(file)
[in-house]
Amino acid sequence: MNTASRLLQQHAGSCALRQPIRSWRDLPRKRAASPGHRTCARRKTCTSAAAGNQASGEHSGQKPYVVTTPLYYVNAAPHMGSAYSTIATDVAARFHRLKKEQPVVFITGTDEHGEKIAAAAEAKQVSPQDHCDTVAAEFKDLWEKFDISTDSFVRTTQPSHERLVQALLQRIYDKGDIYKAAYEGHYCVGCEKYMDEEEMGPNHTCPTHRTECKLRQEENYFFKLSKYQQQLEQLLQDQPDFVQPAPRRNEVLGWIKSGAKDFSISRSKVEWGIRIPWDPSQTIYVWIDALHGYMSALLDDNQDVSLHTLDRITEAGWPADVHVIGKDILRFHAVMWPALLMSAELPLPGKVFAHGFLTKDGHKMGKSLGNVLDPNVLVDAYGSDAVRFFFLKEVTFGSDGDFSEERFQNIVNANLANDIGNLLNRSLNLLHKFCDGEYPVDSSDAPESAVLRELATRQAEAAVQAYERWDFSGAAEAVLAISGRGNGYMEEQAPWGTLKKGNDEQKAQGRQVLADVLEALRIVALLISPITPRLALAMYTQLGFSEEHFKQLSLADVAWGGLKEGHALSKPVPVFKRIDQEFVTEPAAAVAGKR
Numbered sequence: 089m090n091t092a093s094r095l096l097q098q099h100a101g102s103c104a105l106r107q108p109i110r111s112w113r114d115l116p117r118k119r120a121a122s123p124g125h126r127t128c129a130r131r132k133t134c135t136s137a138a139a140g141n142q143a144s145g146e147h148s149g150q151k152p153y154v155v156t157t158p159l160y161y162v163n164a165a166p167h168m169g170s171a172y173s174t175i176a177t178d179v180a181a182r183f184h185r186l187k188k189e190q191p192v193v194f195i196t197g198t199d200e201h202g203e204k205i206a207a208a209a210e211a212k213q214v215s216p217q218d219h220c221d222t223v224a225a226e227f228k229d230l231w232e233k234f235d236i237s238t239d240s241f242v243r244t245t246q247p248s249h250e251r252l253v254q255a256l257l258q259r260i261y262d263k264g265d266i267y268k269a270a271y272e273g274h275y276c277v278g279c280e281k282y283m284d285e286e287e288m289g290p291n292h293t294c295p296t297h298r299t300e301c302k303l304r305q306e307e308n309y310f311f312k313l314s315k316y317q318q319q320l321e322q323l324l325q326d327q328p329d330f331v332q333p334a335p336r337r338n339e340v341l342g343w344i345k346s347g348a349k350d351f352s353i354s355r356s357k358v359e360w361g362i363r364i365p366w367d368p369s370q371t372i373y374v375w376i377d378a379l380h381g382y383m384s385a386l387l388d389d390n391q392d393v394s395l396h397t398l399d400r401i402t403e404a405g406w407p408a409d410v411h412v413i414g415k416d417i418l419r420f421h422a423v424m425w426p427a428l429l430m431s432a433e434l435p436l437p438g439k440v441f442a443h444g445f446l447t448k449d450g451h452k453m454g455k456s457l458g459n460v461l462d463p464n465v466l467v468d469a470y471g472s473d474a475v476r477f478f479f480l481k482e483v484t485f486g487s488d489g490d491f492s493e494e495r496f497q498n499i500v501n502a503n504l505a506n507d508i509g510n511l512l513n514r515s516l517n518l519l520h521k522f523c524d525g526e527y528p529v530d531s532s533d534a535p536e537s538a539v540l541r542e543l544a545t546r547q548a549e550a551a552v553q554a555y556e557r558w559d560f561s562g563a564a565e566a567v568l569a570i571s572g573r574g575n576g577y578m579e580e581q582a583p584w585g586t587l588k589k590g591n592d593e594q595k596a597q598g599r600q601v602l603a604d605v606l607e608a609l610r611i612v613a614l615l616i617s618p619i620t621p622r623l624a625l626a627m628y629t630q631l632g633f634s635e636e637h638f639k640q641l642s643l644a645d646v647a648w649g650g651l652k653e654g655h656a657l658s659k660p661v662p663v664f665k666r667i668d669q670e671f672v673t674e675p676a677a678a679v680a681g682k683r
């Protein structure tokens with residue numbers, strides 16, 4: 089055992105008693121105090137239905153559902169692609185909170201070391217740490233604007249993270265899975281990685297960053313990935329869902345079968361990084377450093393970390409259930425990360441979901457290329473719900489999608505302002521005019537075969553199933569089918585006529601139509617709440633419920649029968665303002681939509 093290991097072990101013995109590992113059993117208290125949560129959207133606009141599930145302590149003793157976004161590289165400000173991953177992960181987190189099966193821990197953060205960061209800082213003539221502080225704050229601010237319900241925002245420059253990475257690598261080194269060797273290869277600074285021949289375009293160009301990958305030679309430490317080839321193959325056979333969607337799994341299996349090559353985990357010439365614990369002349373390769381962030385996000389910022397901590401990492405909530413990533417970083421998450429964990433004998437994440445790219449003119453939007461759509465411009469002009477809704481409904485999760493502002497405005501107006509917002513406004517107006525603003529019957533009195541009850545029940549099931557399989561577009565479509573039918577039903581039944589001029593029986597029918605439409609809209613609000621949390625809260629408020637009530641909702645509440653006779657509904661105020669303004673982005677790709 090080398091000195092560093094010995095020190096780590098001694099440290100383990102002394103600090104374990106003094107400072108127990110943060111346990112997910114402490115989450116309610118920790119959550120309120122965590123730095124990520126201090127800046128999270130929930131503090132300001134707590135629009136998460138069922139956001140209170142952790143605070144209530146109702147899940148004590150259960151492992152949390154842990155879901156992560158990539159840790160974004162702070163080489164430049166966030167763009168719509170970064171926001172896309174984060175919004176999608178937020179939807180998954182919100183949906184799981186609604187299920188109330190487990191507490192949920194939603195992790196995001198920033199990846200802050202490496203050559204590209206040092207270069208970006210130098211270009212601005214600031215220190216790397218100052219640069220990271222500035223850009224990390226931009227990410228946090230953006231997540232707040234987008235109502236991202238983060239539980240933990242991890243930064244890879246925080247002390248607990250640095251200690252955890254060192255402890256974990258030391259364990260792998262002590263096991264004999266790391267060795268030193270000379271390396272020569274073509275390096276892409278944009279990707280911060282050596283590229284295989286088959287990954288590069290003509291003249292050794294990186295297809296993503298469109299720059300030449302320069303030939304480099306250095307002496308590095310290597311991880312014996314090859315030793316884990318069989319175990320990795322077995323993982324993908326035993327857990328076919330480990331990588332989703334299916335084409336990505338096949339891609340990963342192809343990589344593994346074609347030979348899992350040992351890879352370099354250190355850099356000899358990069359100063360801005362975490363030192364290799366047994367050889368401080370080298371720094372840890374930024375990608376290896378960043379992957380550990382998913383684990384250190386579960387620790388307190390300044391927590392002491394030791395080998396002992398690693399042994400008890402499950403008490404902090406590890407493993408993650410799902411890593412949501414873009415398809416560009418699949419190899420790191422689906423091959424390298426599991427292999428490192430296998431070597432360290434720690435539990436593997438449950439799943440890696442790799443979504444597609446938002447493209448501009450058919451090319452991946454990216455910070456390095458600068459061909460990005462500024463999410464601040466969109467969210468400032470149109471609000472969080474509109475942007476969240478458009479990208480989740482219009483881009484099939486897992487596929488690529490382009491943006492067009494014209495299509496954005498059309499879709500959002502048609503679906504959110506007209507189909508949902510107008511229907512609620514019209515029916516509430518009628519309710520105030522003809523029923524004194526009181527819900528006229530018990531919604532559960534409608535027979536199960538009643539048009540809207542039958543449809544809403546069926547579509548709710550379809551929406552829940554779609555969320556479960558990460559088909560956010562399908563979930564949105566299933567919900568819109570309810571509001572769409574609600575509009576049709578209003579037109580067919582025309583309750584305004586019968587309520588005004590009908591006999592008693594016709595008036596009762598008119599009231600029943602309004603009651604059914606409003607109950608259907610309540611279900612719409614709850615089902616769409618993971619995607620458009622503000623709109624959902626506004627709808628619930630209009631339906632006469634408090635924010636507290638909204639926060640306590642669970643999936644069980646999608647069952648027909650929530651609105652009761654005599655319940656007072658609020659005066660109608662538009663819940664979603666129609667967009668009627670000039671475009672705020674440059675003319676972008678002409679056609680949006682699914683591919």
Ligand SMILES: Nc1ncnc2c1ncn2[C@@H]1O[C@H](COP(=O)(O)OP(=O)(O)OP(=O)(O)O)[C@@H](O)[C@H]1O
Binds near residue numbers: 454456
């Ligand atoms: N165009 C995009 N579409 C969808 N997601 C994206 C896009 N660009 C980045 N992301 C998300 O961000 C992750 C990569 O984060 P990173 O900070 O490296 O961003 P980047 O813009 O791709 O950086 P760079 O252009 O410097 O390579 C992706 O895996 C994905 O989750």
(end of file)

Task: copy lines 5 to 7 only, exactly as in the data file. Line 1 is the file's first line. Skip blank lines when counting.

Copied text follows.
Ligand SMILES: Nc1ncnc2c1ncn2[C@@H]1O[C@H](COP(=O)(O)OP(=O)(O)OP(=O)(O)O)[C@@H](O)[C@H]1O
Binds near residue numbers: 454456
């Ligand atoms: N165009 C995009 N579409 C969808 N997601 C994206 C896009 N660009 C980045 N992301 C998300 O961000 C992750 C990569 O984060 P990173 O900070 O490296 O961003 P980047 O813009 O791709 O950086 P760079 O252009 O410097 O390579 C992706 O895996 C994905 O989750």